Our brains are not a large part of our bodies, yet they use up considerable resources when they work (like oxygen and glucose); resources that the body also needs. So, to lesson that demand, our bodies evolved to rely on habitual responses and the clustering of data so that the brain had less work to do – and therefore consume fewer resources.

This tendency of our brains makes incorporating change challenging – the status quo is “easier”.

This is not to excuse anyone from doing the work we’re called upon to do to confront systemic racism in our lives. Instead, it’s important to acknowledge the challenges we’ll have as individuals and a nation to fully embrace change.

It’s important that we consider
how we’ll each step into our leadership,
despite a brain that wants stability.

Over the past couple of weeks, we’ve been talking about our definition of leadership, “the willingness to influence your world and be influenced by your world regardless of role or title.”

We believe deeply that leadership from all of us
is needed now more than ever.

To influence the world, we’ll need to challenge our brain’s tendency to be comfortable with habit and old patterns and we’ll need to remember that our brains cluster things and people who seem the same – and therefore, we assume that they are the same.

Take for example our current political climate and the way we’ve characterized Democrats as one way and Republicans as another. Yet we all know individuals who identify as one party or the other (or somewhere in between) who have much more complex and nuanced thoughts about the world than our brains can always comprehend.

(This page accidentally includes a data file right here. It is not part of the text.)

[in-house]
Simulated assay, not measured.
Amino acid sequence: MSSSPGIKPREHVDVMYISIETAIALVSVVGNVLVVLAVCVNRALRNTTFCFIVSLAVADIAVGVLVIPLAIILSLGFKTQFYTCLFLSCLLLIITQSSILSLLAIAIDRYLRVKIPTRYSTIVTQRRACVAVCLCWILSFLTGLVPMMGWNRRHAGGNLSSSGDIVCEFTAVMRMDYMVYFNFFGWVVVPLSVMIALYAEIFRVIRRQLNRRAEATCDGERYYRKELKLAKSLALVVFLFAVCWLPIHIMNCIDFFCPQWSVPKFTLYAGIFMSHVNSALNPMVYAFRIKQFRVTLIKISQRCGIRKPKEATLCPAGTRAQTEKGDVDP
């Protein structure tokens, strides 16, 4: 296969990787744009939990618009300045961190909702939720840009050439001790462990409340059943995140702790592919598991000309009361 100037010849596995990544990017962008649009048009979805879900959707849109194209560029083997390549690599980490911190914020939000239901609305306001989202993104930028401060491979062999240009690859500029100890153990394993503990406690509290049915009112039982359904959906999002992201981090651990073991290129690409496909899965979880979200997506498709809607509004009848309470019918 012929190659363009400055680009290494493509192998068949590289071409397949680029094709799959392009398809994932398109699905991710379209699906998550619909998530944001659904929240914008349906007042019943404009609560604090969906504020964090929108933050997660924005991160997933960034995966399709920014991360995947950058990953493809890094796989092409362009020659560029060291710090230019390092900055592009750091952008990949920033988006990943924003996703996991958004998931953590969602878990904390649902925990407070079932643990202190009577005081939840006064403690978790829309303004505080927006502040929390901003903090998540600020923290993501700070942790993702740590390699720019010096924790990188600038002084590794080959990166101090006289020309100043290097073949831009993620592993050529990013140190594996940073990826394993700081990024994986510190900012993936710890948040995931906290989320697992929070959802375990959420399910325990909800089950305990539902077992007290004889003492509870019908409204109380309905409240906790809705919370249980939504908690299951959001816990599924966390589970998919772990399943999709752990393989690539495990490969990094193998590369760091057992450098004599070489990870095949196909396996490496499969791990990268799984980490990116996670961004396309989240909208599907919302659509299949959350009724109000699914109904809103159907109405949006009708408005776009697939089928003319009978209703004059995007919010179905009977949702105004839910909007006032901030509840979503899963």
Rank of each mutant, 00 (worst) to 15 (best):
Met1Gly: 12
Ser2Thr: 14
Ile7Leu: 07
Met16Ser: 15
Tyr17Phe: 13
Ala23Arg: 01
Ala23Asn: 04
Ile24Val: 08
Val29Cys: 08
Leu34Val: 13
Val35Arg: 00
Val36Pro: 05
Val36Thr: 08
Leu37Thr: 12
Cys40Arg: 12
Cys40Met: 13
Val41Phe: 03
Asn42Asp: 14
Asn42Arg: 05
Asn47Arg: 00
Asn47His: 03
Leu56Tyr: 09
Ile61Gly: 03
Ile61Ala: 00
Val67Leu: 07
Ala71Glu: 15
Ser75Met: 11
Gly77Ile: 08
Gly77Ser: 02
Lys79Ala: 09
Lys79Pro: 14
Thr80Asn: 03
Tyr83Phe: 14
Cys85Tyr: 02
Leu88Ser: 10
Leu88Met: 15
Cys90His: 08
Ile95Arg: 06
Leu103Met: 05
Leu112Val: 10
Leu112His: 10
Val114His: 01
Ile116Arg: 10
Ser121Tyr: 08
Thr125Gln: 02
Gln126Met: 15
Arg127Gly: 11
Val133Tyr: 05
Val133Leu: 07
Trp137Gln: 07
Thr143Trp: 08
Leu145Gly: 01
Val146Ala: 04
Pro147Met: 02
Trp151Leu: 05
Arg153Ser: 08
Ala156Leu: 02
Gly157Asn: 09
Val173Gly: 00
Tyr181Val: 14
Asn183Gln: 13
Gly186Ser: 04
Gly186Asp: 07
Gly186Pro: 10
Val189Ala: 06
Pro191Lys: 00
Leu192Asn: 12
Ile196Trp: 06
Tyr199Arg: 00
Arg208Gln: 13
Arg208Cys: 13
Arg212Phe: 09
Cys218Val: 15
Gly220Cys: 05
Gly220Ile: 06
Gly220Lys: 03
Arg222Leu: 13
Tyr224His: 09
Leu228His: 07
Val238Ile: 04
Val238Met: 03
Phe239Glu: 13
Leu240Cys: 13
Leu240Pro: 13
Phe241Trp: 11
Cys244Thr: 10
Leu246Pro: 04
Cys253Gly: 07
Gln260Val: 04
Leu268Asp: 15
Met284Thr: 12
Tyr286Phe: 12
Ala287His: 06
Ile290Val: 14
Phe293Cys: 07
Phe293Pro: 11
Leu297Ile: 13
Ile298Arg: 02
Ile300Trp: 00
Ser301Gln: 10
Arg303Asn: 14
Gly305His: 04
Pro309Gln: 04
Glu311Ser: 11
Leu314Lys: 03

We’re hearing from our clients that this is in play as we work to confront systemic racism as well. We’re hearing from our white colleagues that they can get caught in one perspective on race rather than understanding that that perspective is just that – a single perspective.

There are as many actual experiences and perspectives
as there are people.

We’re also hearing from our clients who are Black, Indigenous, and People of Color that they’re being asked to speak for all BIPOC people and that they feel uncomfortable with that ask.

This week, we’re inviting you
to challenge your brain.

Pay attention to the habitual ways of thinking and acting that keep you from influencing and being influenced by the world in a positive way.

Pay attention to the tendency to think that when you understand one person’s perspective, you understand them all.

Our brains are here to help us survive, they’re doing their best and we need to work with them to overcome tendencies that prevent us from creating a new and better future.


We’re here for you.